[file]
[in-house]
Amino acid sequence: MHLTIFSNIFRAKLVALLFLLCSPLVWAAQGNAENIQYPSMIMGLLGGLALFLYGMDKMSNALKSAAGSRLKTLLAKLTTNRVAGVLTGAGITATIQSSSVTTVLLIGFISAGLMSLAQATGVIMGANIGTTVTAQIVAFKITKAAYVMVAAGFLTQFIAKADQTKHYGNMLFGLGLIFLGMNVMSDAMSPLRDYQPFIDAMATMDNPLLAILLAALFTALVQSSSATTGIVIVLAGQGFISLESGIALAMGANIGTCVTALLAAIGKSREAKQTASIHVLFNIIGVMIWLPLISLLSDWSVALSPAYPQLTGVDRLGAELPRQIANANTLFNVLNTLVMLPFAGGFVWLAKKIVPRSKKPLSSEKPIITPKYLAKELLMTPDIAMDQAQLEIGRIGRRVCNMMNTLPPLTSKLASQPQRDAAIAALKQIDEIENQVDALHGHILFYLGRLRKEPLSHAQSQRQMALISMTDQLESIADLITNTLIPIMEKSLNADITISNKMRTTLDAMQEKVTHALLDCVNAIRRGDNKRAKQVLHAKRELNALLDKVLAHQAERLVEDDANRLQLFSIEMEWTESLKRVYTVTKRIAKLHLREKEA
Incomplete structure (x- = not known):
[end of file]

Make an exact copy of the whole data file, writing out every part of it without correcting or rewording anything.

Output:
[in-house]
Amino acid sequence: MHLTIFSNIFRAKLVALLFLLCSPLVWAAQGNAENIQYPSMIMGLLGGLALFLYGMDKMSNALKSAAGSRLKTLLAKLTTNRVAGVLTGAGITATIQSSSVTTVLLIGFISAGLMSLAQATGVIMGANIGTTVTAQIVAFKITKAAYVMVAAGFLTQFIAKADQTKHYGNMLFGLGLIFLGMNVMSDAMSPLRDYQPFIDAMATMDNPLLAILLAALFTALVQSSSATTGIVIVLAGQGFISLESGIALAMGANIGTCVTALLAAIGKSREAKQTASIHVLFNIIGVMIWLPLISLLSDWSVALSPAYPQLTGVDRLGAELPRQIANANTLFNVLNTLVMLPFAGGFVWLAKKIVPRSKKPLSSEKPIITPKYLAKELLMTPDIAMDQAQLEIGRIGRRVCNMMNTLPPLTSKLASQPQRDAAIAALKQIDEIENQVDALHGHILFYLGRLRKEPLSHAQSQRQMALISMTDQLESIADLITNTLIPIMEKSLNADITISNKMRTTLDAMQEKVTHALLDCVNAIRRGDNKRAKQVLHAKRELNALLDKVLAHQAERLVEDDANRLQLFSIEMEWTESLKRVYTVTKRIAKLHLREKEA
Incomplete structure (x- = not known):